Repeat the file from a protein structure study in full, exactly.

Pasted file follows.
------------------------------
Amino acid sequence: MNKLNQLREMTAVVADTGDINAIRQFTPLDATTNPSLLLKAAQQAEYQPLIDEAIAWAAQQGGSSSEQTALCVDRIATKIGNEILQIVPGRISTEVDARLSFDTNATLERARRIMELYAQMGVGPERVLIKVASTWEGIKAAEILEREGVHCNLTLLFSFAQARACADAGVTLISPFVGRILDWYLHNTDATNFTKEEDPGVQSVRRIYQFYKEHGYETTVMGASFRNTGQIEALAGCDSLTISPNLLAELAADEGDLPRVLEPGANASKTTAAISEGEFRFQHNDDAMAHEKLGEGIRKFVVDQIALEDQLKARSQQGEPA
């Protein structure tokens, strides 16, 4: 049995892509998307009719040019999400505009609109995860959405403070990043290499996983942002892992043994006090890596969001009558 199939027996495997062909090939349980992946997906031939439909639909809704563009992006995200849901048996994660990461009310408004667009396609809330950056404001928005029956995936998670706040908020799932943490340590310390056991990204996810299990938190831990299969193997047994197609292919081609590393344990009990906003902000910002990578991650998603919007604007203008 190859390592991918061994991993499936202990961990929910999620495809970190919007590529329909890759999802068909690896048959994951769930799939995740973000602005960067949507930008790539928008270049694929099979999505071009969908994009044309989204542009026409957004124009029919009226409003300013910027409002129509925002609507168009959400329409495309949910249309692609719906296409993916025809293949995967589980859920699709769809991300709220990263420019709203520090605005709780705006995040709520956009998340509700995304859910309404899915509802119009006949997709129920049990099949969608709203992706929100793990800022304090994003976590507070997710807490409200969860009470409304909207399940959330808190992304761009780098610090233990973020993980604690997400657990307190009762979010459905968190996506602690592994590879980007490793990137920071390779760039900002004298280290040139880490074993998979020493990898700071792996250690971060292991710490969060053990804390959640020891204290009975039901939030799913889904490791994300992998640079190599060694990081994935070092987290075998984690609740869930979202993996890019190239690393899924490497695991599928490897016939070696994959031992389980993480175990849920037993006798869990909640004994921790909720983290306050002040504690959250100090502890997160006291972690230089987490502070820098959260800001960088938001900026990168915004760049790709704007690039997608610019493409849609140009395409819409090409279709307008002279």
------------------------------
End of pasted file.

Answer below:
Amino acid sequence: MNKLNQLREMTAVVADTGDINAIRQFTPLDATTNPSLLLKAAQQAEYQPLIDEAIAWAAQQGGSSSEQTALCVDRIATKIGNEILQIVPGRISTEVDARLSFDTNATLERARRIMELYAQMGVGPERVLIKVASTWEGIKAAEILEREGVHCNLTLLFSFAQARACADAGVTLISPFVGRILDWYLHNTDATNFTKEEDPGVQSVRRIYQFYKEHGYETTVMGASFRNTGQIEALAGCDSLTISPNLLAELAADEGDLPRVLEPGANASKTTAAISEGEFRFQHNDDAMAHEKLGEGIRKFVVDQIALEDQLKARSQQGEPA
């Protein structure tokens, strides 16, 4: 049995892509998307009719040019999400505009609109995860959405403070990043290499996983942002892992043994006090890596969001009558 199939027996495997062909090939349980992946997906031939439909639909809704563009992006995200849901048996994660990461009310408004667009396609809330950056404001928005029956995936998670706040908020799932943490340590310390056991990204996810299990938190831990299969193997047994197609292919081609590393344990009990906003902000910002990578991650998603919007604007203008 190859390592991918061994991993499936202990961990929910999620495809970190919007590529329909890759999802068909690896048959994951769930799939995740973000602005960067949507930008790539928008270049694929099979999505071009969908994009044309989204542009026409957004124009029919009226409003300013910027409002129509925002609507168009959400329409495309949910249309692609719906296409993916025809293949995967589980859920699709769809991300709220990263420019709203520090605005709780705006995040709520956009998340509700995304859910309404899915509802119009006949997709129920049990099949969608709203992706929100793990800022304090994003976590507070997710807490409200969860009470409304909207399940959330808190992304761009780098610090233990973020993980604690997400657990307190009762979010459905968190996506602690592994590879980007490793990137920071390779760039900002004298280290040139880490074993998979020493990898700071792996250690971060292991710490969060053990804390959640020891204290009975039901939030799913889904490791994300992998640079190599060694990081994935070092987290075998984690609740869930979202993996890019190239690393899924490497695991599928490897016939070696994959031992389980993480175990849920037993006798869990909640004994921790909720983290306050002040504690959250100090502890997160006291972690230089987490502070820098959260800001960088938001900026990168915004760049790709704007690039997608610019493409849609140009395409819409090409279709307008002279």